Summer Reading: Why It Matters
Thanks to a few tips from the National Summer Learning Association summer reading can be a bit less stressful and a lot more effective.
If there is one tip I inferred from looking at their 2009 Research Brief, “How to Make Summer Reading Effective” it is this. If you want to increase your child’s reading comprehension, spend less time on quantity and more time on quality. The quality of the book (is it a right fit) and your discussions afterwards count most.
While it’s true that low-income students lose two months in reading achievement over the summer, all students regress if they don’t read. According to the NSLA, students “typically score lower on standardized tests at the end of summer than they do on the same tests at the beginning of summer.”
Reading Success Breeds Success
Even if you hope to put your focus less on test scores and more on a love of reading, any parent knows that finding joy in reading comes in large part from finding success with it.
That success is what James Kim, an assistant professor of education at Harvard University, discusses throughout the NSLA brief.
Professor Kim’s study involved children in grades 3-5, who he tested in the second week of June and again in mid September. Those assigned to the “books with oral reading and comprehension scaffolding” scored higher on the Iowa Test of Basic Skills than their counterparts in the “control”, “books only” and “books with oral reading scaffolding”.
Professor Kim found, “…when we gave books to kids but did nothing else, they did no better than kids who did nothing over the summer. There was no difference.”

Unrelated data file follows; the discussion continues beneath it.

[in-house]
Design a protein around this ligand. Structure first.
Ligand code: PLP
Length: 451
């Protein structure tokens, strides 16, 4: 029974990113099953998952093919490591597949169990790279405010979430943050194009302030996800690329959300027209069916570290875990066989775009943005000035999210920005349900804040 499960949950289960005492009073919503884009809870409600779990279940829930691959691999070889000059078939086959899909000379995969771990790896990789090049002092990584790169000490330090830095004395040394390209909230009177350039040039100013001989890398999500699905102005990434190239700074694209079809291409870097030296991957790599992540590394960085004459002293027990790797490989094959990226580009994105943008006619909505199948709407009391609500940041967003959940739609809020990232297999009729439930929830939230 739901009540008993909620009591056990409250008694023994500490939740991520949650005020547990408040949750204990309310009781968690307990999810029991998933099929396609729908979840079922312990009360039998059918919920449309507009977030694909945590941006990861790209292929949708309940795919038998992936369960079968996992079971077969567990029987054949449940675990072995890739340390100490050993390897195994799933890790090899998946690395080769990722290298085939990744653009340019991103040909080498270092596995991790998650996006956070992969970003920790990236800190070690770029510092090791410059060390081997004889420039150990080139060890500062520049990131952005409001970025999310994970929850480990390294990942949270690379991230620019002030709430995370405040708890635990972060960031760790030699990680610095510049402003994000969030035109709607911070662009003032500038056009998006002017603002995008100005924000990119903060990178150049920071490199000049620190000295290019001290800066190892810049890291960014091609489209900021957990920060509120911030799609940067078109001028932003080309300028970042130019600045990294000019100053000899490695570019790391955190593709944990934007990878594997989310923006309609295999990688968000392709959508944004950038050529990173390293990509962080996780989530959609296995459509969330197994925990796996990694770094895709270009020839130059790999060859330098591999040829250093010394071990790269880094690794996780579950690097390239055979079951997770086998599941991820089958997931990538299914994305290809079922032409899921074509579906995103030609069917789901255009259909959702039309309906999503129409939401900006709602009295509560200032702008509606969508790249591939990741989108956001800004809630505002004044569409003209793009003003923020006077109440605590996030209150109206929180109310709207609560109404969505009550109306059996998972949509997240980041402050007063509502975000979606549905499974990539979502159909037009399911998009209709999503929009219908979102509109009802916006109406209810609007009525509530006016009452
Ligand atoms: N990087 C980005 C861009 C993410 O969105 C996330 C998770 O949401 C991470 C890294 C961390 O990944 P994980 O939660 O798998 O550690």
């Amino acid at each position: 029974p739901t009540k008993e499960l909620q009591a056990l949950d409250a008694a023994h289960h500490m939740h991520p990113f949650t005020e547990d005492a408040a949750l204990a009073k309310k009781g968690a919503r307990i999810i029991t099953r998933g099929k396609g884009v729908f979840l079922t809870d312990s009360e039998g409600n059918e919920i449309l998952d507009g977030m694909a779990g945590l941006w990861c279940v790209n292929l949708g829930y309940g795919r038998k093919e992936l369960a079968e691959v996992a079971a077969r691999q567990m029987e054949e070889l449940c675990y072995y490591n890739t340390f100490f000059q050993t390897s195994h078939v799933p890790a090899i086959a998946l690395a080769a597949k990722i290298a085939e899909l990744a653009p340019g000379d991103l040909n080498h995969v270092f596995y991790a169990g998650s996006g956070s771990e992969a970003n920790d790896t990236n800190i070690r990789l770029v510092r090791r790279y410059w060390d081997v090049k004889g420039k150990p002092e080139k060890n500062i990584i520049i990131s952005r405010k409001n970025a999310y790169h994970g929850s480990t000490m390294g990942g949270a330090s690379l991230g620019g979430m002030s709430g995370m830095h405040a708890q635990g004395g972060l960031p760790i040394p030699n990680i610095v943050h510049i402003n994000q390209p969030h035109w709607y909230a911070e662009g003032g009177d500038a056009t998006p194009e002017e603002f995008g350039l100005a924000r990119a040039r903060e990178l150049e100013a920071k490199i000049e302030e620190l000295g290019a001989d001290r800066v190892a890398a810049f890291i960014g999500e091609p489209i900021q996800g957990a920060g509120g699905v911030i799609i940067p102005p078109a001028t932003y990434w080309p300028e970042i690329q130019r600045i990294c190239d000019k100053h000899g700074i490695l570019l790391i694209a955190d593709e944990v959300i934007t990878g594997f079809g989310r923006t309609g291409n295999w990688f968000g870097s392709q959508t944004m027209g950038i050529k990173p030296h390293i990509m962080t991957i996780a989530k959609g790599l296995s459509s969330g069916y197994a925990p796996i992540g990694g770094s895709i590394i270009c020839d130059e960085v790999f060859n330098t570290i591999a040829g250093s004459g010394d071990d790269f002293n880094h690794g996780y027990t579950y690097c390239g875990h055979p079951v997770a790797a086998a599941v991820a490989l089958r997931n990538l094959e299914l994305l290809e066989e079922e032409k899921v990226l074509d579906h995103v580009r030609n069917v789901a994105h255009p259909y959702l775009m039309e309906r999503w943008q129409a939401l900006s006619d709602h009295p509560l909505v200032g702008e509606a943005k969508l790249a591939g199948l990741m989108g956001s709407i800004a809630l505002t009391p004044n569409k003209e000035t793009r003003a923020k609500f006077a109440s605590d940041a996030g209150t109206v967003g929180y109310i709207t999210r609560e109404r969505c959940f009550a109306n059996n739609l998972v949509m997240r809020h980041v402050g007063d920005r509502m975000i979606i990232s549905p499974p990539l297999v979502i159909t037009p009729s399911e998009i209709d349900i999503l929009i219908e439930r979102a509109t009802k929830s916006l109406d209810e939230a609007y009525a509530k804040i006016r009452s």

According to Professor Kim, younger kids, who are still mastering fluency, need to be matched with books that meet their ability. And then they need guidance.
Professor Kim explains, “Ask questions about the story and allow the child to ask questions; summarize or ask the child to summarize; and reread hard-to-understand passages. Essentially, make reading more of an interactive process in order to boost fluency and comprehension.”
Five Finger Rule
As for finding books that are a “right fit,” many students already know the five-finger rule. A book is deemed too challenging if a student discovers five words within the first 100 that prove too difficult.
Many of us feel fortunate that our kids have incredible access to books and academically enriching summer opportunities. In fact, we may be as concerned about giving our kids unstructured free time over the summer months as we are about using the time productively.
But perhaps professor Kim’s studies can help us with our competing concerns. In many cases, we’d do well to slow down and simply ask our children to talk to us about what they’re reading. No gold star or ice cream reward can compare with that connection.
This blog was written by Sarah Vander Schaaff, staff writer for Mindprint Learning.